Believers will sometimes try to undermine a skeptic’s position by appealing to a lack of direct experience, e.g. by asking: “how do you know Bigfoot isn’t hiding around the corner...or somewhere in Oregon?” This is where Bertrand Russell and his famous teapot becomes relevant:

"If I were to suggest that between the Earth and Mars there is a china teapot revolving about the sun in an elliptical orbit, nobody would be able to disprove my assertion provided I were careful to add that the teapot is too small to be revealed even by our most powerful telescopes. But if I were to go on to say that, since my assertion cannot be disproved, it is intolerable presumption on the part of human reason to doubt it, I should rightly be thought to be talking nonsense."

In other words, it isn’t our responsibility as skeptics to either confirm or refute such claims - the burden of proof (and it is a considerable burden) does not lie with the skeptic. Thus, the proper response to the Bigfoot believer is: “It’s not my job to hunt down Bigfoot.”

But the fact remains that we are neither omniscient nor infallible. Sometimes, we attempt to "fill in the facts" - but until proven, these aren't facts, merely guesses. Problems start when we confuse guesses with facts. The best description of this process comes from Victor Hugo's "The Man Who Laughs":

"At the corners of old maps of the world of the 15th century are great vague spaces without shape or name, on which are written these three words: Hic sunt leones. Such a dark corner is there also in man. Passions grow and growl somewhere within us, and we may say of an obscure portion of our souls: 'there are lions here.'"

It is mildly interesting to wonder what these growing and growling passions are that would cause someone to create such lions, to initiate and propagate rumors and conspiracy theories. Some possibilities include:

  • To add drama to one's life
  • To gain the appearance of experience, without actually having experience
  • To press the limits of gullibility, and laugh at the results
  • To garner attention - would anybody ever go to Roswell, New Mexico, if a UFO wasn't rumored to crash there?
  • To fool the opposition
  • To act as a trigger - to start Revolutionary War II based not on intolerable acts but on fictitious deeds

Whatever. Regardless, the end result of rumors and conspiracy theories is to spread FUD - fear, uncertainty, and doubt. The end result of FUD is to paralyze and to divide.

Why paralysis? Conspiracy theories frequently portray vague and shapeless things or events that cannot be sustained by themselves, that appear to be causeless. By being causeless, they must be sustained by some outside magical power. How can we fight something like that? Monsters that live under children's beds have power only because of the child's ignorance. Thus the nonexistent become efficacious.

Even if paralysis is NOT achieved, there is the problem of “false targets”. Imagine that someone convinced the Library of Congress to release all documents related to the assassination of JFK. Some people would no doubt hail this as a victory for openness, transparency, and the American Way. No, rumors about a grassy knoll are false targets, and any success against a false target is a false victory, and the American Way has not been advanced. The real acts of a real devil you know have been made acceptable by the fictitious actions of a nonexistent devil that you do not know.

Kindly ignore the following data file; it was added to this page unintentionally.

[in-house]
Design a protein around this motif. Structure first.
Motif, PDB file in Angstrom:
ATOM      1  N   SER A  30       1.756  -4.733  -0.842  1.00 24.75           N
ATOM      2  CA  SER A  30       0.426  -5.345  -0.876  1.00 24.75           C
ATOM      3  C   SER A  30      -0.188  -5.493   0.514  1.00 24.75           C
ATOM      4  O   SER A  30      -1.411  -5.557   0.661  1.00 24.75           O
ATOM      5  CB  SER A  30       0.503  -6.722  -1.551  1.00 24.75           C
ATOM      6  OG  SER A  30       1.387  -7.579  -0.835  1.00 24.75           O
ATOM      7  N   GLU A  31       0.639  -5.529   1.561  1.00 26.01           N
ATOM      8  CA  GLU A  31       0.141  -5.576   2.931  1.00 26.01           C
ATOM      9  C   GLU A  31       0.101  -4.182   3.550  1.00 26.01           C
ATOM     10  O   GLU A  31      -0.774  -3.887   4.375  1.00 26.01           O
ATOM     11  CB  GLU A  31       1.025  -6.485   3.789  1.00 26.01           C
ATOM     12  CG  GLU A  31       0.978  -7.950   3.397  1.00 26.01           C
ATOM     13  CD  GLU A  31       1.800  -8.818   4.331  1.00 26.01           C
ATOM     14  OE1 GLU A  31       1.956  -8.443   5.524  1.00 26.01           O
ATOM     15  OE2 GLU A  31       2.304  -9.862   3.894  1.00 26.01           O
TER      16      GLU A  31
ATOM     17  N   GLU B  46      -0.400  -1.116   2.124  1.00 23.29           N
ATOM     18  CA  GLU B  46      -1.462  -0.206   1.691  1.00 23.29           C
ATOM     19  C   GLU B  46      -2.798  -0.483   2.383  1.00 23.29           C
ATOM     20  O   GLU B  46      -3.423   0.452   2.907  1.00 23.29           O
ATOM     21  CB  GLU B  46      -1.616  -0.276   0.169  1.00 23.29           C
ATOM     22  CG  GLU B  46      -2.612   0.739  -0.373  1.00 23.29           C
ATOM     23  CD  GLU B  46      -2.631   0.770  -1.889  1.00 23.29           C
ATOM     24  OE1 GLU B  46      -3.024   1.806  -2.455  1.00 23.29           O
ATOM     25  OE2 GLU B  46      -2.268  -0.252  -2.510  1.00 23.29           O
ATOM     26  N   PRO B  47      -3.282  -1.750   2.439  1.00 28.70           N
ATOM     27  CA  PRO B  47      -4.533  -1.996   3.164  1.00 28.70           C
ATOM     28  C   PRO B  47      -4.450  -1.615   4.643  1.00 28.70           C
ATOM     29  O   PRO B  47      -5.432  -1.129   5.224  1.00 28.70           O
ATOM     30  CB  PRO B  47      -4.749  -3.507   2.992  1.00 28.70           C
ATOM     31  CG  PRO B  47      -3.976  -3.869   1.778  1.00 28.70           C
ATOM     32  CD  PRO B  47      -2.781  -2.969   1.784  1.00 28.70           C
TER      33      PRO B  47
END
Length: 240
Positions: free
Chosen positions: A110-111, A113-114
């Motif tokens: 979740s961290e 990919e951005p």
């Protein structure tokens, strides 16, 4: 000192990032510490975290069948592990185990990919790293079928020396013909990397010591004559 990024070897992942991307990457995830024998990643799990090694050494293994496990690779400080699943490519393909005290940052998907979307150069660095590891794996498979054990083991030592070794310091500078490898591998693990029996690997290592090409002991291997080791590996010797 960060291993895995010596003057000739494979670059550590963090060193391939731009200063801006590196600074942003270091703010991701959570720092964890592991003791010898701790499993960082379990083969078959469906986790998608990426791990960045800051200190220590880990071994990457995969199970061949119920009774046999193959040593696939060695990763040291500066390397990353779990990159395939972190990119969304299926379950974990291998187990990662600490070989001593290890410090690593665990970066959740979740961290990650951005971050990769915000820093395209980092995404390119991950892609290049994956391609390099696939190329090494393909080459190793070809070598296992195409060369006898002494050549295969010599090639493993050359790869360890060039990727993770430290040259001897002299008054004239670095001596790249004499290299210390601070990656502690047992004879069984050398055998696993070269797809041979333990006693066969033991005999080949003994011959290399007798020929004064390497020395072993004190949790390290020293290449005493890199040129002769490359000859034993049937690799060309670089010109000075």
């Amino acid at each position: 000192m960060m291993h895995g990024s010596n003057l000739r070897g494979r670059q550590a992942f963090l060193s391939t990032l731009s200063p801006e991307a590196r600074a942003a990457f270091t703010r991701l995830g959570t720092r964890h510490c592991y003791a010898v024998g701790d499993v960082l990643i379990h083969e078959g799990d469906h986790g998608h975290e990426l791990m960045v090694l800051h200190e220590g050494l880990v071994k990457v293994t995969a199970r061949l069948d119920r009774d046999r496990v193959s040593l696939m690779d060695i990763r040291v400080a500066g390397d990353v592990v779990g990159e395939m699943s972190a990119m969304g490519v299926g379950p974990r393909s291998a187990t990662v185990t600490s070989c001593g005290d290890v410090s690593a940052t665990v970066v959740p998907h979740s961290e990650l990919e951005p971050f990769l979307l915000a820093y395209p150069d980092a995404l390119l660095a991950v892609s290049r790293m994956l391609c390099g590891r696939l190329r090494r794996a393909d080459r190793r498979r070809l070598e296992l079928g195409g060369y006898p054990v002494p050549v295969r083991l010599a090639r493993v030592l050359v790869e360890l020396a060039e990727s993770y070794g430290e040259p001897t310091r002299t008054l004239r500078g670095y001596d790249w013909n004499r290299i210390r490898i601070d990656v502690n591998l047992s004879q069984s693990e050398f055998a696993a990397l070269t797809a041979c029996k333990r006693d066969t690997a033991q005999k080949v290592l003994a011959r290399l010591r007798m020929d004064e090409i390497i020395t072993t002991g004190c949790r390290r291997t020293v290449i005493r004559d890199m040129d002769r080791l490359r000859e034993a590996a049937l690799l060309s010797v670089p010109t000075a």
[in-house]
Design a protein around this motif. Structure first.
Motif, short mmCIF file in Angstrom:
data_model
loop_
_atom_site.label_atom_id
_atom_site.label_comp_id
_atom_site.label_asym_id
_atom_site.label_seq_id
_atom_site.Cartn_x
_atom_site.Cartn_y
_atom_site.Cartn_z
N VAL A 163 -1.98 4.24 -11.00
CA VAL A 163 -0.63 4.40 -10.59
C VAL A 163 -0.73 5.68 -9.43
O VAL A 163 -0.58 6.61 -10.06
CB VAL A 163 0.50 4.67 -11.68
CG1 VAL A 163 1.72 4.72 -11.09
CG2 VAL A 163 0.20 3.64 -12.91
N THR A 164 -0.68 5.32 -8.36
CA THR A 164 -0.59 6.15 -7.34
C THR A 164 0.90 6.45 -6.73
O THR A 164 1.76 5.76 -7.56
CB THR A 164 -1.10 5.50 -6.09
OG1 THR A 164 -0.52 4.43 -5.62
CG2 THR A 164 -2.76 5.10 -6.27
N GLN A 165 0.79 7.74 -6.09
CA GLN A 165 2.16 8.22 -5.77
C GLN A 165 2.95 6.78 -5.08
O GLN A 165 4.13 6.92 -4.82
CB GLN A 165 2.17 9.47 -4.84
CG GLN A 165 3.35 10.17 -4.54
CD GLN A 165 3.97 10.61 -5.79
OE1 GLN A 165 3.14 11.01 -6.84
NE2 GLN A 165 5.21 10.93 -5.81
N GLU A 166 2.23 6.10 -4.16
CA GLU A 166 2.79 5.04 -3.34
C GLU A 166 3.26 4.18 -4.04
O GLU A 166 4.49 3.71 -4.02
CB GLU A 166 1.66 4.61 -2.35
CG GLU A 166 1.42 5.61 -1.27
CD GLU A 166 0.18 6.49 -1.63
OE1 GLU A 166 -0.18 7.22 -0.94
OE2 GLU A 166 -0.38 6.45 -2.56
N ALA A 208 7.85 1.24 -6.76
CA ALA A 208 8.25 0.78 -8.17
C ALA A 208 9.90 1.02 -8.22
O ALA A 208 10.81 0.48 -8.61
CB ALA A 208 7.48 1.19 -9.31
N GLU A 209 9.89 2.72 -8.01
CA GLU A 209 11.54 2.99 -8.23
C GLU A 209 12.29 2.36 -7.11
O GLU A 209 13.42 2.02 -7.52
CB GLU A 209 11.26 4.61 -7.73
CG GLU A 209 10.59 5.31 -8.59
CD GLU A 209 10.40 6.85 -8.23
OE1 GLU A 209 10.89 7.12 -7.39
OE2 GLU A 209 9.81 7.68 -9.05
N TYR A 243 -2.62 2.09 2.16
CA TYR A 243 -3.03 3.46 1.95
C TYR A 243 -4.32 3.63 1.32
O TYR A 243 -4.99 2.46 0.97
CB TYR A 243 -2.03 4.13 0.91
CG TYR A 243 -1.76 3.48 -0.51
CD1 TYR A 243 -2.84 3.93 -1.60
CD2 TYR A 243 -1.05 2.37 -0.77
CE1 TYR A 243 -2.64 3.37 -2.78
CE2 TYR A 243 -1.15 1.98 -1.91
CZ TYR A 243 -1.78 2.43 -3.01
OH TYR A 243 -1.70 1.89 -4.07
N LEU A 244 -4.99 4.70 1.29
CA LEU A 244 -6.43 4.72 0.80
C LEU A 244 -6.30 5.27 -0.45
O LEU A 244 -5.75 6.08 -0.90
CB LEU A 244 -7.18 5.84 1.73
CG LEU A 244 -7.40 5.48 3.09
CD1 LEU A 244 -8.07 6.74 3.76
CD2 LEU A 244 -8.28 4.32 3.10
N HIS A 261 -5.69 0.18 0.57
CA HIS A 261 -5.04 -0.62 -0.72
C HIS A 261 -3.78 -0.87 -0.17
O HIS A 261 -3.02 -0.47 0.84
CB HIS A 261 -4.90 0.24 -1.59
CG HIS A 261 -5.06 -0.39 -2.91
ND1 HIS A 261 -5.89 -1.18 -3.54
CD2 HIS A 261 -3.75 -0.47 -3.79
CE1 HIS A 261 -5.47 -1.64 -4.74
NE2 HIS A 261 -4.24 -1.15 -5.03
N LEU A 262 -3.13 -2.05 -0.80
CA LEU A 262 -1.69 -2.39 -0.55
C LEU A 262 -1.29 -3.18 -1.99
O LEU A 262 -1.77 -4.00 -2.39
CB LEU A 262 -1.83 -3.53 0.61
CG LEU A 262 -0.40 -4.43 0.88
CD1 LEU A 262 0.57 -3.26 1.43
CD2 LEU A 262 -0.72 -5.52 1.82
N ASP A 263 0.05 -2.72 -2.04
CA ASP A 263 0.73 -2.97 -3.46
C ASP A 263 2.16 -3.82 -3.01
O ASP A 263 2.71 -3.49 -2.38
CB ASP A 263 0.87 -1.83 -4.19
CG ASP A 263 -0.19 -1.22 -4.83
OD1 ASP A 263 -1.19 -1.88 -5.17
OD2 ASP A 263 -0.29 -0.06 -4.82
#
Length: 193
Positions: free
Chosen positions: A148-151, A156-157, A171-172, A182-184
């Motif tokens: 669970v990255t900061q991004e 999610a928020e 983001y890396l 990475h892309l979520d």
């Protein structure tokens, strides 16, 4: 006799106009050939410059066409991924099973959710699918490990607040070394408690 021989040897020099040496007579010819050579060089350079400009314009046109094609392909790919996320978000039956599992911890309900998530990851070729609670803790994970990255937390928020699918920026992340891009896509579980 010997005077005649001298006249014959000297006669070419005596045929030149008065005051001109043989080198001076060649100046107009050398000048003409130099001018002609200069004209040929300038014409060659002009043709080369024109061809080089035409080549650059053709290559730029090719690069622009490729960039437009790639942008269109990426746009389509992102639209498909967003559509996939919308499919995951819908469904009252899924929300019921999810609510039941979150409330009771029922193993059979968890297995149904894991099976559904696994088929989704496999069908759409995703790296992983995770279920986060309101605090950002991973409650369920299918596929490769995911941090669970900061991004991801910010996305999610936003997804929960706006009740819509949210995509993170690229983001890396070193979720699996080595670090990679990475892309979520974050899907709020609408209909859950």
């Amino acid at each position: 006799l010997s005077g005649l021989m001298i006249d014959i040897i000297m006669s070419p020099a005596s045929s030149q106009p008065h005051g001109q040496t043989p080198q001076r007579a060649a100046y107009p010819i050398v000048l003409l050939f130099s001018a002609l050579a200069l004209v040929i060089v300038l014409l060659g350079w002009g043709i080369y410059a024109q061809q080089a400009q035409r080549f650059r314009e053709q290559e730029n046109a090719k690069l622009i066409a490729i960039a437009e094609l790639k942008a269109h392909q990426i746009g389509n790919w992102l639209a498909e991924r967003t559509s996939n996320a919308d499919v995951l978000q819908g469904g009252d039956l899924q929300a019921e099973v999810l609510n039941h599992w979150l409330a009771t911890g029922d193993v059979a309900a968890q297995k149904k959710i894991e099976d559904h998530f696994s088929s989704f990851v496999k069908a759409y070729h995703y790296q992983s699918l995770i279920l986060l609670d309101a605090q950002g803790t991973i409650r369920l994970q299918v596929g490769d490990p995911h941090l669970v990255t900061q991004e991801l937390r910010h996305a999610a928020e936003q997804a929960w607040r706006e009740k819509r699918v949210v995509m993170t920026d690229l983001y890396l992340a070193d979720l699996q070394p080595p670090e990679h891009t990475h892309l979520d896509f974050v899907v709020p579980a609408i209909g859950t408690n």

If you can see something, and it is wrong, you can fight it with a reasonable chance of success. Fighting the nonexistent is worse than pointless: Don Quixote tilted at windmills, but at least windmills are real.

Why division? If you’ve ever listened to a conspiracy theorist prattle on for more than a minute, you experience a queasiness, a desire to flee from all the unjustified conclusions, all the leaps of faith, all the bullshit being heaped upon you. And, you would be right to flee, to separate yourself from that person, no matter what else you might share in common.

The advantage to fighting the evils that are in plain sight is the fact that it is quite easy to win-over the "opposition".

A prime example of this is NSA spying. Not too long ago, most people thought that the U.S. government was not spying on its own citizens. Then along came Edward Snowden, and we now have an allegiance between the Tea Party and certain members of the Left on this issue.

Another example is police militarization. Before the Ferguson riots, the receipt of military hardware by civilian police was considered a libertarian issue, ignored by everybody else. Photos and news coverage of the Ferguson riots changed that, so that now the administration seems to be taking steps to curtail this hardware transfer.

A third example happened recently over the non-disclosure by the Obama administration about the Trans-Pacific Partnership trade agreement. The administration was keeping the TPP secret...why? A bill was introduced with bipartisan sponsorship that requires the TPP’s text be revealed before vote, but at present it appears that we lost this one.

Those issues - NSA surveillance, police militarization, and TPP secrecy - are now three more things that the left and the right have in common. The only way this happened was because we have the evidence of the senses, something that is available to everybody regardless of their political stripe. As for the evil our government does, tinfoil hats are simply not required, and are indeed a detriment. While such allegiances are fragile and fleeting, they make it clear who the real enemy is, and so make victory possible.

Friday, January 9, 2015

Je Suis Charlie

Remember: cartoons don't kill people, Muslims offended by cartoons kill people.

Hear about the time Mohammed's wife called him a pedophile?
Mohammed responded "Pedophile is a pretty big word for a 9 year old!"

I phoned the Islamic Samaritans today. When I said I was feeling suicidal they got all excited and asked if I knew how to fly a plane.

We shouldn't assume that Islamic terrorists are somehow representative of all Muslims, because aren't. Most Muslims are too busy running pedophile gangs to even contemplate terrorism.

Q. What is the difference between the Prophet Muhammad and Michael Jackson? 
A. One is a pedophile child rapist and the other recorded eight platinum albums.

Q: What do you call a drunken Muslim? 
A: Mohammered.

Q: What's the difference between a Muslim and a vampire? 
A: At some point the vampire will stop being bloodthirsty. 

Q. Why don’t Muslims eat pork? 
A. The Koran forbids cannibalism.